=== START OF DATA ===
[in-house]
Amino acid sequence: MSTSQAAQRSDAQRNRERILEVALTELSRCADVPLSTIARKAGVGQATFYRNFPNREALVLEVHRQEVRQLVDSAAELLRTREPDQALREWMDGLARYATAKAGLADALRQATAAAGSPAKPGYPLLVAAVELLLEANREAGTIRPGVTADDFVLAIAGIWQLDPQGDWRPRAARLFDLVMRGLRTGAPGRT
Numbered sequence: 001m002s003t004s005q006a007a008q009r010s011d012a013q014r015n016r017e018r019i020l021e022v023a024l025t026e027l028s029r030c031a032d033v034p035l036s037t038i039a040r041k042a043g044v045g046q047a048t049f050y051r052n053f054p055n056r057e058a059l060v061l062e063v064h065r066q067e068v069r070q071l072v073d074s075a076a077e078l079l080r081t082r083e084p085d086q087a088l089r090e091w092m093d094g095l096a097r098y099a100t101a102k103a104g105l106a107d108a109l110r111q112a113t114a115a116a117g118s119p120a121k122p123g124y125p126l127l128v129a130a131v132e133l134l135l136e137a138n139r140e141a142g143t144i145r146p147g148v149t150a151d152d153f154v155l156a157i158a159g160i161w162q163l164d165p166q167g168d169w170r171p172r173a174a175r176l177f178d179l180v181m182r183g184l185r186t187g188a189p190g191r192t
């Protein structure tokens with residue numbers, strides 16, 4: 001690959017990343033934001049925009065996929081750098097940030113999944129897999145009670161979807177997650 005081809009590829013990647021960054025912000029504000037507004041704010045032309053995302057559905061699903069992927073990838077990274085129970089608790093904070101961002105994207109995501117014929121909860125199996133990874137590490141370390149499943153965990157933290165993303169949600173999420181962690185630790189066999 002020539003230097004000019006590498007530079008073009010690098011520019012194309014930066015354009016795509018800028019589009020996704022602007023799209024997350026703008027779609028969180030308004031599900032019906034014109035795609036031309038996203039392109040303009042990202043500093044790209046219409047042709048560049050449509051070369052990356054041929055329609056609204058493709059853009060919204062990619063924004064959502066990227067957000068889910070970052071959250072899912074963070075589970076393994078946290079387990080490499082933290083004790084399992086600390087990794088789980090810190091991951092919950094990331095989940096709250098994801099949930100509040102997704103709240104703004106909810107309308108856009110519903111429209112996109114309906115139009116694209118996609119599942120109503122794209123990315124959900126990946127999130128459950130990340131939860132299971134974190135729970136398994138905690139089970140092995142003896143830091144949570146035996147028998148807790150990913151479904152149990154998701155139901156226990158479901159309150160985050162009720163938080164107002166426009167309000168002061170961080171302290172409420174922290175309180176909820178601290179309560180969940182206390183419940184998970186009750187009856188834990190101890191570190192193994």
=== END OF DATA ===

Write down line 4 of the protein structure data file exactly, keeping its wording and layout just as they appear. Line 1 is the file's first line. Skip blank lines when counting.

């Protein structure tokens with residue numbers, strides 16, 4: 001690959017990343033934001049925009065996929081750098097940030113999944129897999145009670161979807177997650 005081809009590829013990647021960054025912000029504000037507004041704010045032309053995302057559905061699903069992927073990838077990274085129970089608790093904070101961002105994207109995501117014929121909860125199996133990874137590490141370390149499943153965990157933290165993303169949600173999420181962690185630790189066999 002020539003230097004000019006590498007530079008073009010690098011520019012194309014930066015354009016795509018800028019589009020996704022602007023799209024997350026703008027779609028969180030308004031599900032019906034014109035795609036031309038996203039392109040303009042990202043500093044790209046219409047042709048560049050449509051070369052990356054041929055329609056609204058493709059853009060919204062990619063924004064959502066990227067957000068889910070970052071959250072899912074963070075589970076393994078946290079387990080490499082933290083004790084399992086600390087990794088789980090810190091991951092919950094990331095989940096709250098994801099949930100509040102997704103709240104703004106909810107309308108856009110519903111429209112996109114309906115139009116694209118996609119599942120109503122794209123990315124959900126990946127999130128459950130990340131939860132299971134974190135729970136398994138905690139089970140092995142003896143830091144949570146035996147028998148807790150990913151479904152149990154998701155139901156226990158479901159309150160985050162009720163938080164107002166426009167309000168002061170961080171302290172409420174922290175309180176909820178601290179309560180969940182206390183419940184998970186009750187009856188834990190101890191570190192193994």